Table of Contents Author Guidelines Submit a Manuscript
International Journal of Breast Cancer
Volume 2012, Article ID 412581, 10 pages
Research Article

A Comparison of Cholesterol Uptake and Storage in Inflammatory and Noninflammatory Breast Cancer Cells

Department of Biological Sciences and The Center for Translational Cancer Research, The University of Delaware, 320 Wolf Hall, Newark, DE 19716, USA

Received 7 August 2012; Revised 7 December 2012; Accepted 7 December 2012

Academic Editor: Claudio Luparello

Copyright © 2012 Breonna J. Martin and Kenneth L. van Golen. This is an open access article distributed under the Creative Commons Attribution License, which permits unrestricted use, distribution, and reproduction in any medium, provided the original work is properly cited.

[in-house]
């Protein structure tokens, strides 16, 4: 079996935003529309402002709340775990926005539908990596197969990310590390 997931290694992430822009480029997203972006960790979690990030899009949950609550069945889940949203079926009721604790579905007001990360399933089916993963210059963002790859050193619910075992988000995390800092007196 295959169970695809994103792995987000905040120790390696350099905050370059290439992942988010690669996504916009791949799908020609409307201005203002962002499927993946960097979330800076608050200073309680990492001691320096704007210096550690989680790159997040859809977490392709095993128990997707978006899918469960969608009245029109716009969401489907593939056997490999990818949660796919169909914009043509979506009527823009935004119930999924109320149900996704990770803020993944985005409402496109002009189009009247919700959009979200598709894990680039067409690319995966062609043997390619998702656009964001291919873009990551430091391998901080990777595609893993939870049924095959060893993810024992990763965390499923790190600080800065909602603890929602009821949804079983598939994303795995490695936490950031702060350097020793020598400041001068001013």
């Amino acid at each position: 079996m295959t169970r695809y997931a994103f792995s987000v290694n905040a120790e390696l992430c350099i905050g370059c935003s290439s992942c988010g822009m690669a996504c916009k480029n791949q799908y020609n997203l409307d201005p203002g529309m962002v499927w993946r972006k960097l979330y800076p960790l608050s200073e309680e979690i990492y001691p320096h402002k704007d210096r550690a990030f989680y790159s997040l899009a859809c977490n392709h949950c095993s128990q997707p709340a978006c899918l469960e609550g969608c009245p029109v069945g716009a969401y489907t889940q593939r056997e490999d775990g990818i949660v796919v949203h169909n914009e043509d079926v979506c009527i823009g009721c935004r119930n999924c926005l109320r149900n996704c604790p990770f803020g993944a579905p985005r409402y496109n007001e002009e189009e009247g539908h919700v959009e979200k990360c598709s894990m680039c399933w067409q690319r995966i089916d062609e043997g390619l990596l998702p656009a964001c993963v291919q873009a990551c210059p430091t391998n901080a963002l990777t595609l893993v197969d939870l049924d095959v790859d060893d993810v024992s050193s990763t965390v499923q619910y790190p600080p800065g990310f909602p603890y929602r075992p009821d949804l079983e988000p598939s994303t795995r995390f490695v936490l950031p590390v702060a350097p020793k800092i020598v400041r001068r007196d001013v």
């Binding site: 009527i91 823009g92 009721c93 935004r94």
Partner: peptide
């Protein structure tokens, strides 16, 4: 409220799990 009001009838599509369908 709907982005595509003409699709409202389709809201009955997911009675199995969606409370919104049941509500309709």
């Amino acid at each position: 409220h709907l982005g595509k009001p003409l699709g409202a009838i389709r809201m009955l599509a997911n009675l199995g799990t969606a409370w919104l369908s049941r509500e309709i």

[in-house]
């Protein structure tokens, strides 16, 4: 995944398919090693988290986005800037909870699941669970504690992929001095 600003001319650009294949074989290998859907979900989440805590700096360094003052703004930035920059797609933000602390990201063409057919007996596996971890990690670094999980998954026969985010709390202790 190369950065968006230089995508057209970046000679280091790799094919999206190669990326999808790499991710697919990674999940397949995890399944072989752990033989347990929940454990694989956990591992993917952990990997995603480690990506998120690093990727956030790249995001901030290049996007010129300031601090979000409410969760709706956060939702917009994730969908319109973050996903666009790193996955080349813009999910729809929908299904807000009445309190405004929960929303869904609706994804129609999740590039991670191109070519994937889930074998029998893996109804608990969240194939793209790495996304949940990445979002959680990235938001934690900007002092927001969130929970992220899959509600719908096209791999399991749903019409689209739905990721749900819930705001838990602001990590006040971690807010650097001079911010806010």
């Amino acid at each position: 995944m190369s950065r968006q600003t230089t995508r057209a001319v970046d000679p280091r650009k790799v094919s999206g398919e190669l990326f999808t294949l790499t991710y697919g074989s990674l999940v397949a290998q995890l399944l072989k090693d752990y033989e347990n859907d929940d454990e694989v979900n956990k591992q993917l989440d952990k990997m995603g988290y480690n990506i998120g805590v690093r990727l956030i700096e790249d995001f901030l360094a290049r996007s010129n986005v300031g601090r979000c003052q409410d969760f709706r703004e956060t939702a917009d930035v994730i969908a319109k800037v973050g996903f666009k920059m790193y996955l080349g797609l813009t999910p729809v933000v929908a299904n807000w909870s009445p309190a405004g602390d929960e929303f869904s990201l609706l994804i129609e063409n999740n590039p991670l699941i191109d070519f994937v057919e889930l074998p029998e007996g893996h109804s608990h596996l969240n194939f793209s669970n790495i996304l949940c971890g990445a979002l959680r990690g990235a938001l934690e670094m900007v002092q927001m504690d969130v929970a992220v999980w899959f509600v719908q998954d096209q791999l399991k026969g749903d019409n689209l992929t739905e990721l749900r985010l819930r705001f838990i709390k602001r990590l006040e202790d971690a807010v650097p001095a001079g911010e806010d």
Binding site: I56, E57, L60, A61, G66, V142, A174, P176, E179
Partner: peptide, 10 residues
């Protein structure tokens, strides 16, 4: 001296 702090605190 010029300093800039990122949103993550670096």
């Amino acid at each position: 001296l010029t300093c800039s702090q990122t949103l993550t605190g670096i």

Although there are many subtypes of breast cancer, inflammatory breast cancer (IBC) is arguably the deadliest. Research over the past decade has demonstrated that IBC is a distinct entity from other forms of breast cancer. Important risk factors that have been associated with the development of aggressive breast cancers, such as IBC, include obesity and diet, which are evident in the United States, where the overconsumption of high-fat foods continues to contribute to obesity in the nation. Here we investigate differences in cholesterol uptake and storage between IBC, non-IBC, and mammary epithelial cell lines. Our results demonstrate that compared with human mammary epithelial cells (HMECs), both IBC and non-IBC cells have increased cholesterol content. IBC cells retain intracellular cholesterol esters, free cholesterol, and triglycerides in lipid-deficient environments. In contrast, we observe in cell-type-of-origin-matched non-IBC a significant decrease in lipid content under the same lipid-deficient conditions. These data suggest that cholesterol storage may be affected by the cholesterol content of the environment where the tumor cell was isolated. Here, we suggest that breast cancer cells may migrate when they are unable to obtain cholesterol from their extracellular environments.